Language Dialect - 2024.1 English

Vitis Unified Software Platform Documentation: Embedded Software Development (UG1400)

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2024.1 English

The GCC compiler recognizes both C and C++ dialects and generates code accordingly. By GCC convention, it is possible to use either the GCC or the G++ compilers equivalently on a source file. The compiler that you use and the extension of your source file determines the dialect used on the input and output files.

When using the GCC compiler, the dialect of a program is always determined by the file extension, as listed in File Types and Extensions. If a file extension shows that it is a C++ source file, the language is set to C++. This means that if you have compile C code contained in a CC file, even if you use the GCC compiler, it automatically mangles function names.

The primary difference between GCC and G++ is that G++ automatically sets the default language dialect to C++ (irrespective of the file extension), and if linking, automatically pulls in the C++ support libraries. This means that even if you compile C code in a .c file with the G++ compiler, it will mangle names.

Name mangling is a concept unique to C++ and other languages that support overloading of symbols. A function is said to be overloaded if the same function can perform different actions based on the arguments passed in, and can return different return values. To support this, C++ compilers encode the type of the function to be invoked in the function name, avoiding multiple definitions of a function with the same name.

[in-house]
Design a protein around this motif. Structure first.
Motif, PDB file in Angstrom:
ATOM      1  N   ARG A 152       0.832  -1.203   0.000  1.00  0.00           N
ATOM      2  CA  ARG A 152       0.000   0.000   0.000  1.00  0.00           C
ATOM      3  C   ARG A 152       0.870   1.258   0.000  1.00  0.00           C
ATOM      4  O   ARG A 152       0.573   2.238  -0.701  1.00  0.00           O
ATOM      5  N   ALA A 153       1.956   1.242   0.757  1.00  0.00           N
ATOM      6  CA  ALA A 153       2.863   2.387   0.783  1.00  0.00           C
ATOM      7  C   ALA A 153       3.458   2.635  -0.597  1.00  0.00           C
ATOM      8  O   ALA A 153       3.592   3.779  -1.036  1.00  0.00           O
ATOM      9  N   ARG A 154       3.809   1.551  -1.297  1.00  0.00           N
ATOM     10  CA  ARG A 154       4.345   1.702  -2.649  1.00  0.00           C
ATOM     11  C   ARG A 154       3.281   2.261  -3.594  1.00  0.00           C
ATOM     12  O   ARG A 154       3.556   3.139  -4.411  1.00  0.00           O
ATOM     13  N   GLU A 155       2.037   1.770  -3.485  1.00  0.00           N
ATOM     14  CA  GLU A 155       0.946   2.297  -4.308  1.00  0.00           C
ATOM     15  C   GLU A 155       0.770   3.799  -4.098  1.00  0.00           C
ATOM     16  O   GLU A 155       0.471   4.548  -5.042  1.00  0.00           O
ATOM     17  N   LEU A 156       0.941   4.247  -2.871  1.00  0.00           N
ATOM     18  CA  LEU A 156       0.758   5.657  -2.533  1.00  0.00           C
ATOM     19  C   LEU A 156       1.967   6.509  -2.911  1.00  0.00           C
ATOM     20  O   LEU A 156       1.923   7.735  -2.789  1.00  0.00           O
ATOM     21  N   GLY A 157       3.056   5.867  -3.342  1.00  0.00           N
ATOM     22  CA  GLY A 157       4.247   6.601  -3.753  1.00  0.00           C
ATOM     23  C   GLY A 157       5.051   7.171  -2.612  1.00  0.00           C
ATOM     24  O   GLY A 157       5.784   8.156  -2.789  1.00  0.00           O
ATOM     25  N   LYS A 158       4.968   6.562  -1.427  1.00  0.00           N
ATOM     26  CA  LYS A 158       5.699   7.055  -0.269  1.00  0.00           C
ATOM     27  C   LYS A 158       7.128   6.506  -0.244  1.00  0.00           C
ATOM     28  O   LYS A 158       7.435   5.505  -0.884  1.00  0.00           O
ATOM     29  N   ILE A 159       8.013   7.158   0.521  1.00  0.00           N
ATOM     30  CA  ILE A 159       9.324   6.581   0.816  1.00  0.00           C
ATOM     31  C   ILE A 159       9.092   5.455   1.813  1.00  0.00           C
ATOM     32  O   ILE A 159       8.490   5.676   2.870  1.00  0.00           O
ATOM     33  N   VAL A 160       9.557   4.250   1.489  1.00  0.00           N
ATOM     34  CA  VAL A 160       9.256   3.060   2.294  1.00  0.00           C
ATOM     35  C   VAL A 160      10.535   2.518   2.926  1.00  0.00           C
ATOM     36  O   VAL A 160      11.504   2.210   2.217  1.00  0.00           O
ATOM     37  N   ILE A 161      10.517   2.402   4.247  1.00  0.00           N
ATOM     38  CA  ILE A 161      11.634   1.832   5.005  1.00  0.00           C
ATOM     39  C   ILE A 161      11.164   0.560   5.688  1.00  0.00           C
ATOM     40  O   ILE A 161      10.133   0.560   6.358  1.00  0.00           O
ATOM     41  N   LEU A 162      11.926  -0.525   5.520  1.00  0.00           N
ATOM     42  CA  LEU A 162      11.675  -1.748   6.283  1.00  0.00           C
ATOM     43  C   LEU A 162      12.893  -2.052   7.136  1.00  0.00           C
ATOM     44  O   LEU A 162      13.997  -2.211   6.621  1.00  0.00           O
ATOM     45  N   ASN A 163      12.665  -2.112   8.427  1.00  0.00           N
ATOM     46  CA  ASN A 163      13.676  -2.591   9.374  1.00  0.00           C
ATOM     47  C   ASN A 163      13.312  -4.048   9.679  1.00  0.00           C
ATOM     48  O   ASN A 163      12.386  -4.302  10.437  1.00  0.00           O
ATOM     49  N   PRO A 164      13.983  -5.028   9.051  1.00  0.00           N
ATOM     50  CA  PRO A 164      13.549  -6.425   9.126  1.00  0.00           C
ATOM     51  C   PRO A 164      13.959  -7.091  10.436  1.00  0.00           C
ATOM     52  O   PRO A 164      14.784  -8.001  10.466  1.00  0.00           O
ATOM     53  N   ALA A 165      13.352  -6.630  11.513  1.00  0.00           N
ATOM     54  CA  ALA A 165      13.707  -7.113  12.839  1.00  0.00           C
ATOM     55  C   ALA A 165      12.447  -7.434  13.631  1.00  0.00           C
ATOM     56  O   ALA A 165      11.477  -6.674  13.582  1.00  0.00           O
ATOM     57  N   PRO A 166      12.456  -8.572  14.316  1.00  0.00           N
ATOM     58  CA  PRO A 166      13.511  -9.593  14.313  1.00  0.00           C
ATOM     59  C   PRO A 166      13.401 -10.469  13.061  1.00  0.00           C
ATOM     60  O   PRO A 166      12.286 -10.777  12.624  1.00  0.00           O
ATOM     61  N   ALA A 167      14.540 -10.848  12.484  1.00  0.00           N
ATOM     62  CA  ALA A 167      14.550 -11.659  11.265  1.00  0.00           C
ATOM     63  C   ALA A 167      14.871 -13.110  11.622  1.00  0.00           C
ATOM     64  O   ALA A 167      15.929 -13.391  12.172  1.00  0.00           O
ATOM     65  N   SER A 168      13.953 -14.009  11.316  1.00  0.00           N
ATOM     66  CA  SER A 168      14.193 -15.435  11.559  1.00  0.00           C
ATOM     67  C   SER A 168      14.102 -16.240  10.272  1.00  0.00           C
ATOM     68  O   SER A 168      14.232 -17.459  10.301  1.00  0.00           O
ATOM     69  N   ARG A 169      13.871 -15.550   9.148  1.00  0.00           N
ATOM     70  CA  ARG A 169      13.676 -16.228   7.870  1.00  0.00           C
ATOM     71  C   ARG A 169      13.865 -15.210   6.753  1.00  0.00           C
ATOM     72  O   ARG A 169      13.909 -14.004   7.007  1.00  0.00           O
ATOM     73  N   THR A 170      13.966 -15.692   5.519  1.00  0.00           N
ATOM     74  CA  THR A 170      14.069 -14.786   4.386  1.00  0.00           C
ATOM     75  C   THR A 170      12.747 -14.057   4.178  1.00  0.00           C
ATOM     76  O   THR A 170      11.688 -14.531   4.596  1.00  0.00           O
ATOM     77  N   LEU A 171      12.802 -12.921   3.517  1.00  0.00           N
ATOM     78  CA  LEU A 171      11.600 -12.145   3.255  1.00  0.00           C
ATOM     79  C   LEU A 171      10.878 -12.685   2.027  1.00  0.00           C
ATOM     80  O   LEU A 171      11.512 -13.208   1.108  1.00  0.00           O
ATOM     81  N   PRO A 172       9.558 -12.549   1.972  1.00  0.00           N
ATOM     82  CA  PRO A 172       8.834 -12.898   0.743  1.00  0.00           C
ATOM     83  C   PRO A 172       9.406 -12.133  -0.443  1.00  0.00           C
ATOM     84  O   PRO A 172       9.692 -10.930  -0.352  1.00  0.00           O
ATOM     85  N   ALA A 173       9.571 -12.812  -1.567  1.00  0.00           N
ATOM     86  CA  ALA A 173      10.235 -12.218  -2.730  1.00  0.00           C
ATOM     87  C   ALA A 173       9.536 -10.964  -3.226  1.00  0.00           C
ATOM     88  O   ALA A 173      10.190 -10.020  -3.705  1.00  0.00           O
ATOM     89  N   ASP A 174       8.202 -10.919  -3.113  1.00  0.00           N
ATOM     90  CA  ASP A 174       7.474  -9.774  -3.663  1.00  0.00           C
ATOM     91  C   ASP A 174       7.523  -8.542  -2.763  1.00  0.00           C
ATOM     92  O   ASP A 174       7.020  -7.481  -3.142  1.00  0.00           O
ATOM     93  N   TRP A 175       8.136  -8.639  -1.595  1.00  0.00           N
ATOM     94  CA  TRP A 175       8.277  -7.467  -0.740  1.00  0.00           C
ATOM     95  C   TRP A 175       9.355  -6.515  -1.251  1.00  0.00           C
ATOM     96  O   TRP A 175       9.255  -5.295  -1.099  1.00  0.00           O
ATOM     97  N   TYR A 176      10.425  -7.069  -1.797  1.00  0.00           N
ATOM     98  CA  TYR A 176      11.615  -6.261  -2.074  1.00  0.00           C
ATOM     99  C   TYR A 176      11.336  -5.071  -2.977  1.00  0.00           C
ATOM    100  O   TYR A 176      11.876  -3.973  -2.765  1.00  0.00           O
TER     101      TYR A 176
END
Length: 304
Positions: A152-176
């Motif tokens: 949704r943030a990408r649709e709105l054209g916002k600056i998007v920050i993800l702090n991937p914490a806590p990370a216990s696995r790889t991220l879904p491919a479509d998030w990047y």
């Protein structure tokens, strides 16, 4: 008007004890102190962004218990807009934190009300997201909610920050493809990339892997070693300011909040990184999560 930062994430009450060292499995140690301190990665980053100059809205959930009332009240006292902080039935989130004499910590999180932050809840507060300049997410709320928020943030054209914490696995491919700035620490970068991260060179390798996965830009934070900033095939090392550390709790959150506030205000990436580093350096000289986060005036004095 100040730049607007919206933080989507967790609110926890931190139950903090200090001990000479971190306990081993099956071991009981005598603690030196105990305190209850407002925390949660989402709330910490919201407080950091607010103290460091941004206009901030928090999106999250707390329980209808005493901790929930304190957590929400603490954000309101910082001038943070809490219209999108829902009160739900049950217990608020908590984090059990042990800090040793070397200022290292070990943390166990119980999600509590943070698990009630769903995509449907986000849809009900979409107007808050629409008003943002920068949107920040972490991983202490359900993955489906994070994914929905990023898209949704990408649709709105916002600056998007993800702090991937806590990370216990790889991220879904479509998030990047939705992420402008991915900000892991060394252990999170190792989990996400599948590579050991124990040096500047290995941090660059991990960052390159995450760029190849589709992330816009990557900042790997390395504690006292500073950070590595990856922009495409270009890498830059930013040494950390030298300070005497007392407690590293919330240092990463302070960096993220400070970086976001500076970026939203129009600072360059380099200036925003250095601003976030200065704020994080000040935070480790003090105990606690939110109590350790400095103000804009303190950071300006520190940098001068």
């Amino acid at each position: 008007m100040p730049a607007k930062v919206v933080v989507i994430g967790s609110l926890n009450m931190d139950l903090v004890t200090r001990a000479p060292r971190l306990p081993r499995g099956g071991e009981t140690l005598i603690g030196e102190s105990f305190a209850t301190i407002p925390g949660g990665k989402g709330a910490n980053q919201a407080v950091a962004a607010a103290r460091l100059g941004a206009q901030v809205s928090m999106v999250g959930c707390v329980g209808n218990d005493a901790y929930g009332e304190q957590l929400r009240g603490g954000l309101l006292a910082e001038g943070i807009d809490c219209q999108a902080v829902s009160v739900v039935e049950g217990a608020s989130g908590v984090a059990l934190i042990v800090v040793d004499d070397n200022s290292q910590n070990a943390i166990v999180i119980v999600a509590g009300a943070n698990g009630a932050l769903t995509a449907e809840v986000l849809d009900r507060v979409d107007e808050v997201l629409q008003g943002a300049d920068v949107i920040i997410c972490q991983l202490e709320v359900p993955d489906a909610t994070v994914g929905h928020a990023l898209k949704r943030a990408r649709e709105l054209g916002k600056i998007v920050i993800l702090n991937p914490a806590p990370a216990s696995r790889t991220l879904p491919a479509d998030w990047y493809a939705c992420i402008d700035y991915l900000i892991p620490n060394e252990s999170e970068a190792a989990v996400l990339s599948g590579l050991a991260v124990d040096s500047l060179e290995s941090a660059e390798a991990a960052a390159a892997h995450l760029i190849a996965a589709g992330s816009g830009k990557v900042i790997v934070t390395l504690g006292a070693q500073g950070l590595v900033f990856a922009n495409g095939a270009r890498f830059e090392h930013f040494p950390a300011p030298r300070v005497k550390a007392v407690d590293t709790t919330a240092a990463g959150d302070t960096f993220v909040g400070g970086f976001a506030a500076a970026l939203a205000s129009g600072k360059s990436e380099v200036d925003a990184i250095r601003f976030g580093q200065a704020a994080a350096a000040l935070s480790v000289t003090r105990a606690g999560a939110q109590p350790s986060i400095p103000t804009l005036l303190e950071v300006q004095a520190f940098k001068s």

Be careful about name mangling if you decide to follow a mixed compilation mode, with some source files containing C code and some others containing C++ code (or using GCC for compiling certain files and G++ for compiling others). To prevent name mangling of a C symbol, you can use the following construct in the symbol declaration.

#ifdef __cplusplus
extern ā€œCā€ {
int foo();
int morefoo();
#ifdef __cplusplus

Make these declarations available in a header file and use them in all source files. This causes the compiler to use the C dialect when compiling definitions or references to these symbols.

Note: All Vivado drivers and libraries follow these conventions in all the header files they provide. You must include the necessary headers, as documented in each driver and library, when you compile with G++. This ensures that the compiler recognizes library symbols as belonging to ā€œCā€ type.

When compiling with either variant of the compiler, to force a file to a particular dialect, use the -x lang switch. Refer to the GCC documentation for more information on this switch.

  • When using the GCC compiler, libstdc++.a and libsupc++.a are not automatically linked in.
  • When compiling C++ programs, use the G++ variant of the compiler to make sure all the required support libraries are linked in automatically.
  • Adding -lstdc++ and -lsupc++ to the GCC command are also possible options.

For more information about how to invoke the compiler for different languages, refer to the GNU online documentation.